WORD OF THE DAY
Bibliography.-Sir Thomas Urquhart's Discovery of a most excellent jewel (1652; reprinted in the Maitland Club's edition of Urquhart's Works in 1834) is written with the express purpose of glorifying Scotland.
In 1565, like many other English exiles, he made his headquarters at Louvain, and after a visit to the Imperial Diet at Augsburg in 1566, in attendance upon Commendone, who had been largely instrumental in the reconciliation of England with Rome in Mary's reign, he threw himself into the literary controversy between Bishop Jewel (q.v.) and Harding.
Much as I'd like to, I won't ask her if her mother's maiden name was Plotke, nor will I tell her daddy's bones may be taking a motor home trip up the west coast—or that his pinkie is in your jewel case.
There was also found here, in 1693, the celebrated Alfred jewel, bearing his name, and preserved in the Ashmolean Museum at Oxford.
The abbey was dissolved (12th of July 1559), and within a year Feckenham was sent by Archbishop Parker to the Tower (loth of May 1560), according to Jewel, "for having obstinately refused attendance on public worship and everywhere declaiming and railing against that religion which we now profess" (Parker Society, first series, p. 79).
The immediate source of this version is the poem of Wolfram von Eschenbach, though the Grail, of course, is represented in the form of the Christian relic, not as the jewel talisman of the Parzival; but the psychological reading of the hero's character, the distinctive note of von Eschenbach's version, has been adapted by Wagner with marvellous skill, and his picture of the hero's mental and spiritual development, from extreme simplicity to the wisdom born of perfect charity, is most striking and impressive.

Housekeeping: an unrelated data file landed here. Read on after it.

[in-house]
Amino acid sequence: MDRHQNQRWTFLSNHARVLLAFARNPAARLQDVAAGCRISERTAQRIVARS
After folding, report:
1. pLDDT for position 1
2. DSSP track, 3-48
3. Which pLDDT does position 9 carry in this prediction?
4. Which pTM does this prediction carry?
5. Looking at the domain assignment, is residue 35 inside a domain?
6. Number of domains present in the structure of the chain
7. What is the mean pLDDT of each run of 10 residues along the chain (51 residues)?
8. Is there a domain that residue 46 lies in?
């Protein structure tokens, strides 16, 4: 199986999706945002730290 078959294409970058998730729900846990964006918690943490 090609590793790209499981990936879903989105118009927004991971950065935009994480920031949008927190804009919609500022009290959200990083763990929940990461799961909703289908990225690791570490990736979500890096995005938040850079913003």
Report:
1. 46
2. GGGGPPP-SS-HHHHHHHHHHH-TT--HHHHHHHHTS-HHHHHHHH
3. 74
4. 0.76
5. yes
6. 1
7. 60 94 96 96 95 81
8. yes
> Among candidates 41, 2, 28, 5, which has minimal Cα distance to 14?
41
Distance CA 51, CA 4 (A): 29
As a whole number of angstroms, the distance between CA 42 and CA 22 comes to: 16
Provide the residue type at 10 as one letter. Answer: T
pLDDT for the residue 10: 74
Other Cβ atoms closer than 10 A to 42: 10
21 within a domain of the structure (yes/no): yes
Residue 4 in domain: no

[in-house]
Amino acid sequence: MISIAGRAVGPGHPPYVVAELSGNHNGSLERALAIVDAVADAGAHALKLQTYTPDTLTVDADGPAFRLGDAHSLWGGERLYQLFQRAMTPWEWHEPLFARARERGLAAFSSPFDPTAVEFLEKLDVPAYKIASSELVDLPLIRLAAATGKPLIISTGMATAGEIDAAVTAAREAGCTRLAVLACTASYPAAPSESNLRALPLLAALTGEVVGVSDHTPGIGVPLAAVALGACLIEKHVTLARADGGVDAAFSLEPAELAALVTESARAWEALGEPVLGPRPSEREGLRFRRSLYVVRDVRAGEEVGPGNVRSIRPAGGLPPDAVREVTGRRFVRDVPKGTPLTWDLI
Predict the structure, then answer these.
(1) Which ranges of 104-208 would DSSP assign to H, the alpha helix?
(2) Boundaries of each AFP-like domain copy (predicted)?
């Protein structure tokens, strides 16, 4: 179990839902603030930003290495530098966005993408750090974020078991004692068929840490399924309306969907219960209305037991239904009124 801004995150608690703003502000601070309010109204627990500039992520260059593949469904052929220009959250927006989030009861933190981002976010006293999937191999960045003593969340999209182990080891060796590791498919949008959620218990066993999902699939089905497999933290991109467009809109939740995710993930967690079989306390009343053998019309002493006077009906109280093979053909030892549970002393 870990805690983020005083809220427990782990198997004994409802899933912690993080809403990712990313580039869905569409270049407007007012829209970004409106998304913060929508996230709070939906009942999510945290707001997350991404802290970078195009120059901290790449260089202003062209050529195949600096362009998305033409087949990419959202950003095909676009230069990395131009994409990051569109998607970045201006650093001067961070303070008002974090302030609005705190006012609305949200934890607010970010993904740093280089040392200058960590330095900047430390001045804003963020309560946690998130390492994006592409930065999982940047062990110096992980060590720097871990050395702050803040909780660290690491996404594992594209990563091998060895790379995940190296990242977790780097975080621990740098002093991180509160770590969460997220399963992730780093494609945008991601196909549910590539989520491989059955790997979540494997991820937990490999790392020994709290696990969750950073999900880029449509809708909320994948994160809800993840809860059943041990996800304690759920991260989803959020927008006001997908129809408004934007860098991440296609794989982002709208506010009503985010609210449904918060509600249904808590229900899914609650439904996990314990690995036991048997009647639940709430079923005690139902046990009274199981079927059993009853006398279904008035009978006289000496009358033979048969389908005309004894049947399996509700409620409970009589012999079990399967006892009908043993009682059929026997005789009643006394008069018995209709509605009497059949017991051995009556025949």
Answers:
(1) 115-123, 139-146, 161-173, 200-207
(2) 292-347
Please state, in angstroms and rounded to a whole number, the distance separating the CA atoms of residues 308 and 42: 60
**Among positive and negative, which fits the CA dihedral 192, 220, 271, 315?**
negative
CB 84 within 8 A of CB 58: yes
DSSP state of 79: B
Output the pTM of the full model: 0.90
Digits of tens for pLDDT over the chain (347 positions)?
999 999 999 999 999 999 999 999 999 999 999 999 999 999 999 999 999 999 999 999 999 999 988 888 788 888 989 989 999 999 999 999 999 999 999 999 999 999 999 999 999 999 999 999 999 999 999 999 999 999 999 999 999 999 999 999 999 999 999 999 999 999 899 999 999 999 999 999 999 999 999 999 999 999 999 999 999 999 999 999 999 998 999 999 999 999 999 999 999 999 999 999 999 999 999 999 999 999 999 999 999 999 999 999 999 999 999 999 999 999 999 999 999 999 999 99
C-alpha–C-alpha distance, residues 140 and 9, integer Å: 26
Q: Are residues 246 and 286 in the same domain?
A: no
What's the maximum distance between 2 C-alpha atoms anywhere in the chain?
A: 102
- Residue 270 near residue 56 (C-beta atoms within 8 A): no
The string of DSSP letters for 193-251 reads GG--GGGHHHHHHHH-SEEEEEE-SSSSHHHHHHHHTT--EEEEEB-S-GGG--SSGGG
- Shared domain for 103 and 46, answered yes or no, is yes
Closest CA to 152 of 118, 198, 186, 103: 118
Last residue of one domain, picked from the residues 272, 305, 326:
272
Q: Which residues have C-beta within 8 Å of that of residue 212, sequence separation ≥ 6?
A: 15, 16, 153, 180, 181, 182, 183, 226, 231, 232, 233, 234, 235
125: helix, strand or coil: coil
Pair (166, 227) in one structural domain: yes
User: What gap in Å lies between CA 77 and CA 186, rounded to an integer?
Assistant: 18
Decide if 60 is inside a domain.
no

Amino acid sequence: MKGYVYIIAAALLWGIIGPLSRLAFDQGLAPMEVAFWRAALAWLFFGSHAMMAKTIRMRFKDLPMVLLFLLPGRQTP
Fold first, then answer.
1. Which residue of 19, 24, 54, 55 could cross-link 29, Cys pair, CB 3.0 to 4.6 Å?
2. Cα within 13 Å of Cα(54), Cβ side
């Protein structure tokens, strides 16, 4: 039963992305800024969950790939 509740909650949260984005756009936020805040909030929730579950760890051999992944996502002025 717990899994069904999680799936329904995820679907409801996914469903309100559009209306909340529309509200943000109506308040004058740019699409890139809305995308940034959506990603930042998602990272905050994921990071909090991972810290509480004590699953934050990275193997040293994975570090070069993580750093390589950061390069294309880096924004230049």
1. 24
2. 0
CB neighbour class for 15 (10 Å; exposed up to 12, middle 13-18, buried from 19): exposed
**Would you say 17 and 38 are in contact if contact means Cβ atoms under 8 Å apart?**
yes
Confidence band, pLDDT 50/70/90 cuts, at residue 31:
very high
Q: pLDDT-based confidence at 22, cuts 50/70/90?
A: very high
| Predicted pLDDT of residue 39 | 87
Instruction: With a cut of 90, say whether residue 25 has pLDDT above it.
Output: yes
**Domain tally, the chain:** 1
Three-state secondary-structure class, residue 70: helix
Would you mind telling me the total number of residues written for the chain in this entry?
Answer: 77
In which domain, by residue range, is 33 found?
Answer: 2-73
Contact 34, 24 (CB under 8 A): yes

This is the Song of Nalaka (the Buddhist Simeon), and the words put in the mouth of the angels who announce the birth to him are: "The Wisdom-child, that jewel so precious, that cannot be matched, has been born at Lumbini, in the Sakiya land, for weal and for joy in the world of men."
The jewel with seven facets is already there, the inscription only has still to be engraved on it (iii.
"His soul should've been just one more jewel for your collection, considering how many souls you deal with and relationships you break a part." Including ours.
Note that in Turkish su means both " water " and " the lustre of a jewel," while in English we speak of " gems of the first water."
His brother Akhmed married the daughter of Ong Chum Ping, a Chinese officer said to have been sent by his emperor to obtain a jewel from Mount Kinabalu in North Borneo,and was the successor of Sultan Mahommed in the sovereignty of Brunei.
About 1549 Cranmer sent him to the Tower of London, and while there "he was borrowed out of prison" to take part in seven public disputations against Hooper, Jewel and others.
The insignia (pontificalia or pontificals) of the Roman Catholic bishop are (I) a ring with a jewel, symbolizing fidelity to the church, (2) the pastoral staff, (3) the pectoral cross, (4) the vestments, consisting of the caligae, stockings and sandals, the tunicle, and purple gloves, (5) the mitre, symbol of the royal priesthood, (6) the throne (cathedra), surmounted by a baldachin or canopy, on the gospel side of the choir in the cathedral church.
Strips of paper bearing a manifold repetition of the words "The Jewel in the Lotus, Amen," are wrapped round cylinders of all sizes - from hand-mills to windor water-mills.
He was invited to Geneva in 1.557, and to England again in 1561, but declined both invitations, maintaining, however, a constant correspondence with Jewel and other English prelates and reformers until his death at Zurich on the 12th of November 1562.